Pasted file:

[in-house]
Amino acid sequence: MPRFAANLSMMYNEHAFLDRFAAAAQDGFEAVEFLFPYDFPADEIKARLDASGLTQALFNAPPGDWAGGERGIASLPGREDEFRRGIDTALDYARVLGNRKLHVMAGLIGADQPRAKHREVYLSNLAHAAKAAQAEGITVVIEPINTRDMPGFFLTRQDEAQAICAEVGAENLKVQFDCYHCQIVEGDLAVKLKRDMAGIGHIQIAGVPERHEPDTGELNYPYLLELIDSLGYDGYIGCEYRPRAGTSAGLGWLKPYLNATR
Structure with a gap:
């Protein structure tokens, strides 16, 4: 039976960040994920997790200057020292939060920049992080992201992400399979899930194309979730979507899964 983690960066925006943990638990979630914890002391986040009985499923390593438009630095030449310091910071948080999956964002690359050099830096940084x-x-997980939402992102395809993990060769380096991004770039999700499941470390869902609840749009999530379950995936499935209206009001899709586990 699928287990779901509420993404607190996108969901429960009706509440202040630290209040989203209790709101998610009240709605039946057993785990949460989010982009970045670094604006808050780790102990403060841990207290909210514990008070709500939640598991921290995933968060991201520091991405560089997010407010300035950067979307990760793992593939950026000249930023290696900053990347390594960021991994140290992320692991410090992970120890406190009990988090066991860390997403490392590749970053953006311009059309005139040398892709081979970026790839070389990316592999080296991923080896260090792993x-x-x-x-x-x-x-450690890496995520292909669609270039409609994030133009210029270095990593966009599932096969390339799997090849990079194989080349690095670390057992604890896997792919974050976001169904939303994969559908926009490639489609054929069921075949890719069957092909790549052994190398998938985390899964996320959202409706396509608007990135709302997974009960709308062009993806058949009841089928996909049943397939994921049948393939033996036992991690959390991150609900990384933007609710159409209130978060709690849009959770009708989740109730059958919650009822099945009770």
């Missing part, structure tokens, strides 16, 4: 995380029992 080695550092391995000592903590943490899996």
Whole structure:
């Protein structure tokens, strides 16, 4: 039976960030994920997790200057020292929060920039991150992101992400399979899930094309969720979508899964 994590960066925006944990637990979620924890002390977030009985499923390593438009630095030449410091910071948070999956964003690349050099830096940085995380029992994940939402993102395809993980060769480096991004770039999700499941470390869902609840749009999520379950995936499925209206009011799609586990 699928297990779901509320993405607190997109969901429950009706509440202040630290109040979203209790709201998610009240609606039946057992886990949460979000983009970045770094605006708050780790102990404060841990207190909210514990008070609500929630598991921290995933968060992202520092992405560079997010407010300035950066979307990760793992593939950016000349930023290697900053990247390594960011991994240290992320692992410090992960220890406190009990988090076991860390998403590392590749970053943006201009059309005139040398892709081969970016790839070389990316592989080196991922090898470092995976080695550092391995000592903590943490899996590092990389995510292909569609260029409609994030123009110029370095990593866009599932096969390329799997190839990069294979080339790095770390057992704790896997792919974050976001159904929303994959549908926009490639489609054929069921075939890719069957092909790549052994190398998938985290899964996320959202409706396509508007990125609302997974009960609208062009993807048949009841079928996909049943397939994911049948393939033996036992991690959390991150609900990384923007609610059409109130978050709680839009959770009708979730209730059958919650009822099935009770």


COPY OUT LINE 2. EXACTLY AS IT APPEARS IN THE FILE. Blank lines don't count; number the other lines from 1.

Amino acid sequence: MPRFAANLSMMYNEHAFLDRFAAAAQDGFEAVEFLFPYDFPADEIKARLDASGLTQALFNAPPGDWAGGERGIASLPGREDEFRRGIDTALDYARVLGNRKLHVMAGLIGADQPRAKHREVYLSNLAHAAKAAQAEGITVVIEPINTRDMPGFFLTRQDEAQAICAEVGAENLKVQFDCYHCQIVEGDLAVKLKRDMAGIGHIQIAGVPERHEPDTGELNYPYLLELIDSLGYDGYIGCEYRPRAGTSAGLGWLKPYLNATR